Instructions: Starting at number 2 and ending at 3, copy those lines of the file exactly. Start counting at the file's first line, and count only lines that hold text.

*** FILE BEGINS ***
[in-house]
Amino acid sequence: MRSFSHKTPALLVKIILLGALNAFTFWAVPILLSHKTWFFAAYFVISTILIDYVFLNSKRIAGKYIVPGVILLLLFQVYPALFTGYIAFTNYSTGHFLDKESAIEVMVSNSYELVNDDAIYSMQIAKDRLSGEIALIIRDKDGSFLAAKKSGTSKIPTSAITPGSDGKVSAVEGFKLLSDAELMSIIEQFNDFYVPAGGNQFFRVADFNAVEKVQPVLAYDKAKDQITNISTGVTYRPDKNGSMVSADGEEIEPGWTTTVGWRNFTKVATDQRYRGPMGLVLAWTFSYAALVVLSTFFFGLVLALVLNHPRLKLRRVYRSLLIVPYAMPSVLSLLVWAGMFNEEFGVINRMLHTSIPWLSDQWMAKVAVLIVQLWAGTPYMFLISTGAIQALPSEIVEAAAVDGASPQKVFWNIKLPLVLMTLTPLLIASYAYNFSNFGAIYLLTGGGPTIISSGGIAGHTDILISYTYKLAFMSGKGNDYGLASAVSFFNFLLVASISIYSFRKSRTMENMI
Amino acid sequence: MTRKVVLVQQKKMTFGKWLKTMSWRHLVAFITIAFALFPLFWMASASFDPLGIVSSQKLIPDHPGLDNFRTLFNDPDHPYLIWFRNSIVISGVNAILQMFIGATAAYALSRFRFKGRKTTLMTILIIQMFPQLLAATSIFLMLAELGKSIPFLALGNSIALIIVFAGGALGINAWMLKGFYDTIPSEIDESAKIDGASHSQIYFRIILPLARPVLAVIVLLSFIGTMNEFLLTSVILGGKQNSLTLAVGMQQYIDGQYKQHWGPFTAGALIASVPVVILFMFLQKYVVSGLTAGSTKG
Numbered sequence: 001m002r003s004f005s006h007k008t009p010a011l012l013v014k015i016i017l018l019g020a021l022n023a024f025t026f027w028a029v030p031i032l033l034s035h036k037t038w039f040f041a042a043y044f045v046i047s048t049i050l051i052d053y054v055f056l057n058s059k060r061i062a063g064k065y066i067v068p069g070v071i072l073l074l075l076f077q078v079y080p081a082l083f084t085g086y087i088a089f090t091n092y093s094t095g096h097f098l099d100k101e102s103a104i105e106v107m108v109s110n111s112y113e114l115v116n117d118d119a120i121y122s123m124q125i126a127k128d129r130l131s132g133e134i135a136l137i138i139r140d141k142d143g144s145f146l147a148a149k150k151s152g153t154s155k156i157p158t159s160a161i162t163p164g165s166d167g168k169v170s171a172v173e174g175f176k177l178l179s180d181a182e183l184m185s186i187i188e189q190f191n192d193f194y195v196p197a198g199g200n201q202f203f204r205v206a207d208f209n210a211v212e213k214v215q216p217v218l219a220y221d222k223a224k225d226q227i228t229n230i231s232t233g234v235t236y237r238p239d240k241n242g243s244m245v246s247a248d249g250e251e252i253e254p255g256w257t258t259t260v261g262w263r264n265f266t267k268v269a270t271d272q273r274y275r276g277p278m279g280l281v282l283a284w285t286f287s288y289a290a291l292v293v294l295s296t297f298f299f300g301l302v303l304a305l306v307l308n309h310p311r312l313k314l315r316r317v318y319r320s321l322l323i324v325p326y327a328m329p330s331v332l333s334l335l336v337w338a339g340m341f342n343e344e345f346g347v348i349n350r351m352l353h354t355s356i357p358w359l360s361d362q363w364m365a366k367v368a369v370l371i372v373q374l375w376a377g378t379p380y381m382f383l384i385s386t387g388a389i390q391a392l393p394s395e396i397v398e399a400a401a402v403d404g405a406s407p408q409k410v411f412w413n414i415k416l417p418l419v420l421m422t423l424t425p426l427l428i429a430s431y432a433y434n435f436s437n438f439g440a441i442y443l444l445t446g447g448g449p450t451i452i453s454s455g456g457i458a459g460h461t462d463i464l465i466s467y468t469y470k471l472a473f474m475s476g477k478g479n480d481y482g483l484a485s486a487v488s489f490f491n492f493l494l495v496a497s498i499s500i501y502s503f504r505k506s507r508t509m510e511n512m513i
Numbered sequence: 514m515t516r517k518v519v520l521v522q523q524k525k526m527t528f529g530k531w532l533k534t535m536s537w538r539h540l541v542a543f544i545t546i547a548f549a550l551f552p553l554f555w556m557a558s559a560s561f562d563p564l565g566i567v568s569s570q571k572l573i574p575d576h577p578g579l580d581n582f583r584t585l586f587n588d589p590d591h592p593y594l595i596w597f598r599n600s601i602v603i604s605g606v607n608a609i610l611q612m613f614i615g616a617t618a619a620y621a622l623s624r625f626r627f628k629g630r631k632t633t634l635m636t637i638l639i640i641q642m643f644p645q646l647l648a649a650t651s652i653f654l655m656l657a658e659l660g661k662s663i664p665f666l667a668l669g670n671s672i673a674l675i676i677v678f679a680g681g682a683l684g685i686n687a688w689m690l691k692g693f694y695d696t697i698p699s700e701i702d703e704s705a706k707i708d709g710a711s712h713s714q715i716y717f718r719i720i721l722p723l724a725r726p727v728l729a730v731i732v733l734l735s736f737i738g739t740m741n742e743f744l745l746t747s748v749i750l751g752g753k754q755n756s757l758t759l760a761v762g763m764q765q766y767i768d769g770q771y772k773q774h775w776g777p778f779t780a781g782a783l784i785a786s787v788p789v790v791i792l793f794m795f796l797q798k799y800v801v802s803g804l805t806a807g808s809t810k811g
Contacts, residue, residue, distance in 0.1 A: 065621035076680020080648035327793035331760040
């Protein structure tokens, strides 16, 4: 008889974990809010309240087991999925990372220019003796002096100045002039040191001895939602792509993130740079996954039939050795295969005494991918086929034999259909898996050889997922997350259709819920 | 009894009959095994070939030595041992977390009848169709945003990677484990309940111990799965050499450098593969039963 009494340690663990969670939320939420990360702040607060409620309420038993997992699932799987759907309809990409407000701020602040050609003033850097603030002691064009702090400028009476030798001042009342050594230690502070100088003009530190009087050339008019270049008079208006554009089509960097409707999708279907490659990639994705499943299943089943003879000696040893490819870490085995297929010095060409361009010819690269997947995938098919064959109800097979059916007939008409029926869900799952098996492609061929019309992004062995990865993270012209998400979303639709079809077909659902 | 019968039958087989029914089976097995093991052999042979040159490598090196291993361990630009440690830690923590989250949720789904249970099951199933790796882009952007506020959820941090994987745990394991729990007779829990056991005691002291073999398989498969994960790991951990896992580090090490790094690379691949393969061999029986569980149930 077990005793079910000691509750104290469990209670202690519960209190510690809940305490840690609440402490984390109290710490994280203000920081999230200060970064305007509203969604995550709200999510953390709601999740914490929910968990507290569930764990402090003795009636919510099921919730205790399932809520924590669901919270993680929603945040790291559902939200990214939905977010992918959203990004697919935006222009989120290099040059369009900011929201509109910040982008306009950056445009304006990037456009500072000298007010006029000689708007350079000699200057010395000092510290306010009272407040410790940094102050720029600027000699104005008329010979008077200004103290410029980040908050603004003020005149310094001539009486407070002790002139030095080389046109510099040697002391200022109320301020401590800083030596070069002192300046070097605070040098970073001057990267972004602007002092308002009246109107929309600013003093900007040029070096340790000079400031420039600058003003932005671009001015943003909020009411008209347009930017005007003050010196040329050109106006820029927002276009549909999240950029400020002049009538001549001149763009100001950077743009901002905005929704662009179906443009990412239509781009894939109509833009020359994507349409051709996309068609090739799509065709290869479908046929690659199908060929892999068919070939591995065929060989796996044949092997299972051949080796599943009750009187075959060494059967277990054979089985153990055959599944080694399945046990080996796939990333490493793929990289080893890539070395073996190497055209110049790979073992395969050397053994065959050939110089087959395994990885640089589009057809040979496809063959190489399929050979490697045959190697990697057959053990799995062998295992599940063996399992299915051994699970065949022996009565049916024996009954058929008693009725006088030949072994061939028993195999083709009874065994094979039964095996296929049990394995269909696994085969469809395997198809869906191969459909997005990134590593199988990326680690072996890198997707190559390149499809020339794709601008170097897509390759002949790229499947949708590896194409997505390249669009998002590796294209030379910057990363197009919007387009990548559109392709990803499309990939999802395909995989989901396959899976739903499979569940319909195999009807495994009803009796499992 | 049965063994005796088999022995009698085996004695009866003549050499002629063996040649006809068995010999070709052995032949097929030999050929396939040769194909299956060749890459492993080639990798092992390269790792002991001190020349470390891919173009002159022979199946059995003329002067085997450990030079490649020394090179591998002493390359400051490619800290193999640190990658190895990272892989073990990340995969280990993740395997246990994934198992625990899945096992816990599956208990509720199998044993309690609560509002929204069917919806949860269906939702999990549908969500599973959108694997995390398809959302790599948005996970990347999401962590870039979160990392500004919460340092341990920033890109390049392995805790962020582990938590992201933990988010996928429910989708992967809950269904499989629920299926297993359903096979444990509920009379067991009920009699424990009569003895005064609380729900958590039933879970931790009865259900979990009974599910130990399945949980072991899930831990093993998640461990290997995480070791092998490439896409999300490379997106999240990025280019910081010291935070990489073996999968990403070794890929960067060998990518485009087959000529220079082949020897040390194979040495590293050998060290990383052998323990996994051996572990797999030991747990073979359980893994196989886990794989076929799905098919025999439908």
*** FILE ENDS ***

Amino acid sequence: MRSFSHKTPALLVKIILLGALNAFTFWAVPILLSHKTWFFAAYFVISTILIDYVFLNSKRIAGKYIVPGVILLLLFQVYPALFTGYIAFTNYSTGHFLDKESAIEVMVSNSYELVNDDAIYSMQIAKDRLSGEIALIIRDKDGSFLAAKKSGTSKIPTSAITPGSDGKVSAVEGFKLLSDAELMSIIEQFNDFYVPAGGNQFFRVADFNAVEKVQPVLAYDKAKDQITNISTGVTYRPDKNGSMVSADGEEIEPGWTTTVGWRNFTKVATDQRYRGPMGLVLAWTFSYAALVVLSTFFFGLVLALVLNHPRLKLRRVYRSLLIVPYAMPSVLSLLVWAGMFNEEFGVINRMLHTSIPWLSDQWMAKVAVLIVQLWAGTPYMFLISTGAIQALPSEIVEAAAVDGASPQKVFWNIKLPLVLMTLTPLLIASYAYNFSNFGAIYLLTGGGPTIISSGGIAGHTDILISYTYKLAFMSGKGNDYGLASAVSFFNFLLVASISIYSFRKSRTMENMI
Amino acid sequence: MTRKVVLVQQKKMTFGKWLKTMSWRHLVAFITIAFALFPLFWMASASFDPLGIVSSQKLIPDHPGLDNFRTLFNDPDHPYLIWFRNSIVISGVNAILQMFIGATAAYALSRFRFKGRKTTLMTILIIQMFPQLLAATSIFLMLAELGKSIPFLALGNSIALIIVFAGGALGINAWMLKGFYDTIPSEIDESAKIDGASHSQIYFRIILPLARPVLAVIVLLSFIGTMNEFLLTSVILGGKQNSLTLAVGMQQYIDGQYKQHWGPFTAGALIASVPVVILFMFLQKYVVSGLTAGSTKG